If the saturated flue gas drawn into this wake comes into contact with the roof and sides of the stack liners and the shell, problems involving metal corrosion, concrete deterioration, and ice buildup (during winter months) can arise. Plume downwash is particularly important to address for stacks with multiple, interacting discharge plumes. Severe downwash situations may even produce plume contact with lower surrounding plant structures. In the most extreme cases, plumes may touch down at ground level near the stack.

The interactions between the prevailing wind and the individual plumes also play a significant role in the propensity and extent of downwash for stacks with multiple flues. The wind direction relative to the plumes can produce different degrees of downwash. For a given ratio of vertical to horizontal momentum, plume downwash will be greater in a dual-liner stack if the direction of the prevailing wind is perpendicular to the axis of the two liners, compared with a condition in which the wind direction is parallel to that axis. Evaluating the downwash potential for two (or more) wind directions allows definition of the maximum downwash potential and development of appropriate liner extensions and stack top geometry to mitigate the problem.

Ultimately, all stacks can enter into downwash mode at low unit load and at high wind velocities. The only questions are:

  • Under what conditions and how frequently will downwash occur, given the expected boiler load schedule and wind frequency profile?
  • How much downwash is considered acceptable?

In contrast to simulations of liquid collection systems, CFD modeling is ideally suited for evaluating the variables of downwash, a phenomenon resulting almost entirely from gas-gas interactions. Figure 5 presents a typical output from such a model showing good stack operation without downwash. Various liner velocity/atmospheric conditions can be evaluated to determine the liner extension height or the exit choke size reduction required to eliminate downwash or the extent to which the top of the stack shell should be covered with an acid-resistant coating. The potential for stack top icing also can be evaluated by including heat transfer in the model and by predicting how quickly the plume will cool after exiting the stack.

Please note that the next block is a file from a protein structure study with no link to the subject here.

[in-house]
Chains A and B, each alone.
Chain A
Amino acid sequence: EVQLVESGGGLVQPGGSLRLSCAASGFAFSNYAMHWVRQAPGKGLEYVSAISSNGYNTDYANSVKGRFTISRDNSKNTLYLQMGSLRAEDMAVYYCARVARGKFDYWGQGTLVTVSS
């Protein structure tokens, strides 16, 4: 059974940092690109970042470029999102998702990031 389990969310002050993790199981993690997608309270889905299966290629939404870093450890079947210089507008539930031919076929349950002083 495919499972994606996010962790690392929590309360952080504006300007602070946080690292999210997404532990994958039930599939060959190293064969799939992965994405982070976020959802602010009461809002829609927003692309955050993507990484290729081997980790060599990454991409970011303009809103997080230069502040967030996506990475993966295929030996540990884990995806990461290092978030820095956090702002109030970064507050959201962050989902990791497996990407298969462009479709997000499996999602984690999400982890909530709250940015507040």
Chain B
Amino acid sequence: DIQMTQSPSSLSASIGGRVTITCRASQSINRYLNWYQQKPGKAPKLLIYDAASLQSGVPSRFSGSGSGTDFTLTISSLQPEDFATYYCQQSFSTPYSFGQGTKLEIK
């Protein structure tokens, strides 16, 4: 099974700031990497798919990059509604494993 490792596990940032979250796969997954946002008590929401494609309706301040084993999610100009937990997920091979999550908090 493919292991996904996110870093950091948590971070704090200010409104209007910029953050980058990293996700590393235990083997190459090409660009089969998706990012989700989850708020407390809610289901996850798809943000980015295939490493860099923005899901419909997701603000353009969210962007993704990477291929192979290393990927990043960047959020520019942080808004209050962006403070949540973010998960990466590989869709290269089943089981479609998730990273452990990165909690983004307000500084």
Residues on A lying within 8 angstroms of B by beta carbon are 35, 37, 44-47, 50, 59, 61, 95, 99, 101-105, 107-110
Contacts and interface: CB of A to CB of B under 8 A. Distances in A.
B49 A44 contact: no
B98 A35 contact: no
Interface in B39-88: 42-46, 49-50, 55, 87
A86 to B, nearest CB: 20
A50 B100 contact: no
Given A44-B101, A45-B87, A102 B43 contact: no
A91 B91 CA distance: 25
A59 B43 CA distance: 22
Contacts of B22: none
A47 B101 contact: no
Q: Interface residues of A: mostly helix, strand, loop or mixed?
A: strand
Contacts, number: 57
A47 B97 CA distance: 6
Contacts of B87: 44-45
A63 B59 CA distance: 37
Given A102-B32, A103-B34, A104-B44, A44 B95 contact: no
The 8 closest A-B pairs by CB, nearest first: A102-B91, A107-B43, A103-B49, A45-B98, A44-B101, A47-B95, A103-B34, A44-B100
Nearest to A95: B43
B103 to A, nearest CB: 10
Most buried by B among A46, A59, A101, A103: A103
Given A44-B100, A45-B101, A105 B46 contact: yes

Courtesy: Alden Research Laboratory Inc.

5. Very predictable. Typical results of a computational fluid dynamics model of plume downwash.


Phase 5—Supporting installation and operation

The results of this phase are used to support field installation of the liquid collection system. Field construction and installation drawings of the system should be reviewed by the engineers who designed and developed it, to ensure that their recommendations have been interpreted correctly and to evaluate any changes made by the installation company to facilitate fabrication, assembly, installation, or structural support.

During field installation, deviations from the specified design are often required due to unanticipated interferences or installation issues. To ensure that the liquid collection system has been installed properly, an on-site inspection of the installation by its designer is highly recommended and should be scheduled for a day when the installation is 80% to 90% complete. This way, errors can be identified, on-the-spot modifications can be defined if necessary, and corrections can be made while the construction crew is on-site before the unit start-up.

Inspecting the liquid collection system after several months of operation is also highly recommended. If any stack emission incidents occur during normal operation, the need for inspection is obvious. However, even if SLD is not experienced, it still is important to inspect the liquid collectors as a way to ensure their satisfactory long-term operation. These inspections may reveal incipient deposition and drainage problems that can then be corrected during future plant outages.